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Jakarta governor weeps at blasphemy trial

 There were emotional scenes in court on the first day of the blasphemy trial of Jakarta’s governor, a Christian of Chinese descent. Basuki Tjahaja Purnama,…

 There were emotional scenes in court on the first day of the blasphemy trial of Jakarta’s governor, a Christian of Chinese descent.

Basuki Tjahaja Purnama, known as Ahok, cried as he denied allegations he insulted Islam. Mr Purnama is the first non-Muslim governor of Indonesia’s capital in 50 years.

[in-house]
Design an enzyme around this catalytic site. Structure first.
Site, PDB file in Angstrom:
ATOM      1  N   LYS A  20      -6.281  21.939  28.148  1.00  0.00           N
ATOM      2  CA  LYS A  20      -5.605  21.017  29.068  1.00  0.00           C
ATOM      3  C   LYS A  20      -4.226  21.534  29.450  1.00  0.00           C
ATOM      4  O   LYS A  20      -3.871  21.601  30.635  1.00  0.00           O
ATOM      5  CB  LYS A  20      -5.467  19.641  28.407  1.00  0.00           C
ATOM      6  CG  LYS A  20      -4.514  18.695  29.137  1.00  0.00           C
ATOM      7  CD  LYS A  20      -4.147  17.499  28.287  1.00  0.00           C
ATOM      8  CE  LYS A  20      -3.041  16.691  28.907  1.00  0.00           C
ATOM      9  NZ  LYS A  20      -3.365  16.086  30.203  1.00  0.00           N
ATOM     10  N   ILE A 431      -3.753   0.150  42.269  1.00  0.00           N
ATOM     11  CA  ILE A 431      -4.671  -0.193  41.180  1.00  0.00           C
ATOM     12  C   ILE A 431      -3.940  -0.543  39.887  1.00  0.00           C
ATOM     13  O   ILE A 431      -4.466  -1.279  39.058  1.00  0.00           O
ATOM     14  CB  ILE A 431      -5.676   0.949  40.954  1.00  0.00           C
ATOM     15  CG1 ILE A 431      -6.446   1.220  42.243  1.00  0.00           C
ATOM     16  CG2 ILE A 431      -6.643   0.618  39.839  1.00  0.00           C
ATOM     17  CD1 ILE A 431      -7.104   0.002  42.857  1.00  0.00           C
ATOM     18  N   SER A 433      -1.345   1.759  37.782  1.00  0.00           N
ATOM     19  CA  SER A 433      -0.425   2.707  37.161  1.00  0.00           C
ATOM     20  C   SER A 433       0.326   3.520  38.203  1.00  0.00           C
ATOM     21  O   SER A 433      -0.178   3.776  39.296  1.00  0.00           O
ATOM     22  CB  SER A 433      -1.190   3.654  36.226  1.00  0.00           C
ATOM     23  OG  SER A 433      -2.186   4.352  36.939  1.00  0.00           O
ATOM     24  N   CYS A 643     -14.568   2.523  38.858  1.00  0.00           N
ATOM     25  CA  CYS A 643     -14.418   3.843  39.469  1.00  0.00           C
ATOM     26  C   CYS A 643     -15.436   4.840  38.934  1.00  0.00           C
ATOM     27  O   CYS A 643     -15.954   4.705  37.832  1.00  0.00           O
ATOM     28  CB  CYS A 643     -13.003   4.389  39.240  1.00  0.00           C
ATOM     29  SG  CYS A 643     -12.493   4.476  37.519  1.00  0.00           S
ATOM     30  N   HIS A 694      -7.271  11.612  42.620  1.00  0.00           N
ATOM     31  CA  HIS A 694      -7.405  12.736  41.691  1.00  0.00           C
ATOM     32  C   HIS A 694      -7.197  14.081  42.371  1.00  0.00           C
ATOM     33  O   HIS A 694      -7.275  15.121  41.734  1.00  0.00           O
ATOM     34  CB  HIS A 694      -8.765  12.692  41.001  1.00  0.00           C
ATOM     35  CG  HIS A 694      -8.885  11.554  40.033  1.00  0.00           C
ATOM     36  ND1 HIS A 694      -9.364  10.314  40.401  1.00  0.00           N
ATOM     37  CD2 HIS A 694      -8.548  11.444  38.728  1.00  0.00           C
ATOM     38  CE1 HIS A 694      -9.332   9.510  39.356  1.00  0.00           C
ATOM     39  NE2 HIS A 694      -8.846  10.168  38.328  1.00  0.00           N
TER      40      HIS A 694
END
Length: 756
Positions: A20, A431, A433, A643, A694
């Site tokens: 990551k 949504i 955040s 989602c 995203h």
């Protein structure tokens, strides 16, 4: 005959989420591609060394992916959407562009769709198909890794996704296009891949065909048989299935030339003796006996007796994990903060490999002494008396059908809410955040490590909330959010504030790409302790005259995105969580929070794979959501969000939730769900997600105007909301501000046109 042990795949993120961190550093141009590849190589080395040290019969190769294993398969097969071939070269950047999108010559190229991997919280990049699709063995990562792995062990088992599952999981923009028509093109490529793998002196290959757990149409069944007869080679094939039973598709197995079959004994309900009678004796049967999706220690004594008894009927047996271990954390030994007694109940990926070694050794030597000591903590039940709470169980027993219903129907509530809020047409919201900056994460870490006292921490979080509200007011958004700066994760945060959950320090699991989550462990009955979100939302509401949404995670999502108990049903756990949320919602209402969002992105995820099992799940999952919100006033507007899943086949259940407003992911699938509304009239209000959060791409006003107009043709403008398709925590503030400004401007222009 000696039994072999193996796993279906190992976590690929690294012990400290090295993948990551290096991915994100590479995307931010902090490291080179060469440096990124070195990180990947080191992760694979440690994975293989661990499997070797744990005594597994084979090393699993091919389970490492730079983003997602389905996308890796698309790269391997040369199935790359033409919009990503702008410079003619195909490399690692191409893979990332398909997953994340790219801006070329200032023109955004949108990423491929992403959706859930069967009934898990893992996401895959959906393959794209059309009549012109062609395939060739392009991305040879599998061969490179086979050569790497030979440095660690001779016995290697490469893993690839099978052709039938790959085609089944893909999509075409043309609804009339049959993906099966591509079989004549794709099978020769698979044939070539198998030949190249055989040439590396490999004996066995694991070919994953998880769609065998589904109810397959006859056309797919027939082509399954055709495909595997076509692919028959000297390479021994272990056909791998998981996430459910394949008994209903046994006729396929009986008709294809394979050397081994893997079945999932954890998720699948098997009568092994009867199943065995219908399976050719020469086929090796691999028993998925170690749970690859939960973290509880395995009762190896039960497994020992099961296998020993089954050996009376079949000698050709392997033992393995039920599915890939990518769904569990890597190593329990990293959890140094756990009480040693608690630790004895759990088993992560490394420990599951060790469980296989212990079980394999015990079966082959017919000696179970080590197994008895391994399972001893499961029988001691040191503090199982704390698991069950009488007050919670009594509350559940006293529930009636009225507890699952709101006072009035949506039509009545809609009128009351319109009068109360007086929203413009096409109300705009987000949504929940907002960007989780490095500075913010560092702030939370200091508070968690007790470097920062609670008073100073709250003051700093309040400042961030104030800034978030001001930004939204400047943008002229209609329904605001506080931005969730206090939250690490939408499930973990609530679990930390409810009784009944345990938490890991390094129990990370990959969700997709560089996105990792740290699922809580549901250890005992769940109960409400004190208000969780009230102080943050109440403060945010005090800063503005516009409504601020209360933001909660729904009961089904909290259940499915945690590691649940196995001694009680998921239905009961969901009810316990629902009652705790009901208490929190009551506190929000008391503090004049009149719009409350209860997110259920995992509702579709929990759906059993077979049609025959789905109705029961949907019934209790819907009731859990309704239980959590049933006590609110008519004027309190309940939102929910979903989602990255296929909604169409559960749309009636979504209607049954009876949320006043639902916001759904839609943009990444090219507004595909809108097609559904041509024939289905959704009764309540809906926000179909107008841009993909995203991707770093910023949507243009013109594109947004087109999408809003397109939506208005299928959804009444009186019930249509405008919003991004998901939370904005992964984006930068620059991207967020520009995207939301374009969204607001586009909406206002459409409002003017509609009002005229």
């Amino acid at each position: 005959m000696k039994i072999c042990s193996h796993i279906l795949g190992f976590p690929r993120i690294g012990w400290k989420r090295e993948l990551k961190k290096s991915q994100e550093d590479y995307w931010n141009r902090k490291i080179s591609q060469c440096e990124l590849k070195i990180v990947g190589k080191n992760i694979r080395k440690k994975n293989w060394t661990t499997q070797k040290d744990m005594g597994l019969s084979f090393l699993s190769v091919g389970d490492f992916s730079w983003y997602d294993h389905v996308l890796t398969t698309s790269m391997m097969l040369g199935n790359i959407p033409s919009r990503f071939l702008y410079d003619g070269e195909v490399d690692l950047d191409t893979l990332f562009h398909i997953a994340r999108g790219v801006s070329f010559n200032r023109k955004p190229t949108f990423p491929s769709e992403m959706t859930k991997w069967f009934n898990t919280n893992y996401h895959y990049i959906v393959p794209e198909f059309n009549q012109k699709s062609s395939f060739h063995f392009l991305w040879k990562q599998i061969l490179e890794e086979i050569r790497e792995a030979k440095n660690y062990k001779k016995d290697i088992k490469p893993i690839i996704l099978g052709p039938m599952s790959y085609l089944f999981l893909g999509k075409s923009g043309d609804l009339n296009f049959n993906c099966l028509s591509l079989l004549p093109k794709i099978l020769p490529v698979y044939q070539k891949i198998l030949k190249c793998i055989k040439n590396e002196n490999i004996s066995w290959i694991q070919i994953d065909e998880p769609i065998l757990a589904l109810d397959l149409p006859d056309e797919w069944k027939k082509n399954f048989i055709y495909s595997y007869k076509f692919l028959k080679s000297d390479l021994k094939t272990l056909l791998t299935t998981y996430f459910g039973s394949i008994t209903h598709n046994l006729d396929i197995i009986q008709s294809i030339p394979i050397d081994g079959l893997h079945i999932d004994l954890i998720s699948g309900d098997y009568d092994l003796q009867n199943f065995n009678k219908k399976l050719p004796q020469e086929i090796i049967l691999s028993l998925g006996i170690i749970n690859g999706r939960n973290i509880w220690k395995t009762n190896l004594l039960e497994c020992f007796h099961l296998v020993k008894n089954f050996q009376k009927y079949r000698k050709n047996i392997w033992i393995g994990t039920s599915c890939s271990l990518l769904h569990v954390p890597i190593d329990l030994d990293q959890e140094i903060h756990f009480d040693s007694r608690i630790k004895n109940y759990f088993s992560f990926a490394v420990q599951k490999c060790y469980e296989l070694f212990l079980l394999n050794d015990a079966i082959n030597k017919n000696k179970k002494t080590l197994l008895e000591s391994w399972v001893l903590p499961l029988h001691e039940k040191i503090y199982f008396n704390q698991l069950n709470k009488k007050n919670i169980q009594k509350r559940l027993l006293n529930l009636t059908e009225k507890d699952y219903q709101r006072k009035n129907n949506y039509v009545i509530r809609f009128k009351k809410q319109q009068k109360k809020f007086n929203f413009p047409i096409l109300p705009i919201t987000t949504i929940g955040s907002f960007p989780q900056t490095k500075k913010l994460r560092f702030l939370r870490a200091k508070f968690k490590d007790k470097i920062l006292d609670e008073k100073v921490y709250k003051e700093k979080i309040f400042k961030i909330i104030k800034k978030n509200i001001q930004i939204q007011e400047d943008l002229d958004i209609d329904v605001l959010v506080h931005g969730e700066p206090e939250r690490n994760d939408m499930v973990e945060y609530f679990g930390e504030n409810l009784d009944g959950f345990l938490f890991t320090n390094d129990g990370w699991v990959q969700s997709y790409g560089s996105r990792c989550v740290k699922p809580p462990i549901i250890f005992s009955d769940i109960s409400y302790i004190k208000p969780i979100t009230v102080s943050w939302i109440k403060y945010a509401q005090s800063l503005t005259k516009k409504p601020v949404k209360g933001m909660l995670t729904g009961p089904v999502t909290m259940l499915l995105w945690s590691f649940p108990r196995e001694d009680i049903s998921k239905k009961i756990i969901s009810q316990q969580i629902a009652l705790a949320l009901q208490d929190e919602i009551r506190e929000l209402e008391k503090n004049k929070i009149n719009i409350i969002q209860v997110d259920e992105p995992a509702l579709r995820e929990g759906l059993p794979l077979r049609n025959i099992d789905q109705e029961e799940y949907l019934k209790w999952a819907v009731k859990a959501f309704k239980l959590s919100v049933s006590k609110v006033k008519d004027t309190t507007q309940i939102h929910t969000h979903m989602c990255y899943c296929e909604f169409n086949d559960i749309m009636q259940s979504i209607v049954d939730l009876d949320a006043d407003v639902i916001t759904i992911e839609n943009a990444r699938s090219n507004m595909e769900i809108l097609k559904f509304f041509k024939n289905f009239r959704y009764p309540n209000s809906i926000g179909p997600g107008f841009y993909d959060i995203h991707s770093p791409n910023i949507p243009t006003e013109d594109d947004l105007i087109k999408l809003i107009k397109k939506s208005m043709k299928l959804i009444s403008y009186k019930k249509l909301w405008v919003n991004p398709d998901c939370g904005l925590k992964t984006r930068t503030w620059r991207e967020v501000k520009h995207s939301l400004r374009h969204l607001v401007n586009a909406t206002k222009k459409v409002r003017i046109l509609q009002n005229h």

The case is being seen as a test of religious tolerance in the world’s largest Muslim-majority nation. The prosecution said Mr Purnama insulted Islam by misusing a Koranic verse which suggests Muslims should not be ruled by non-Muslims, to boost public support ahead of February’s governorship election. He insisted his comments were aimed at politicians “incorrectly” using a Koranic verse against him, not at the verse itself. If convicted, he faces a maximum five-year jail sentence. After the short hearing, the trial was adjourned until 20 December. Rights groups say the authorities have set a dangerous precedent in which a noisy hardline Islamic minority can influence the legal process, says the BBC’s Rebecca Henschke in Jakarta.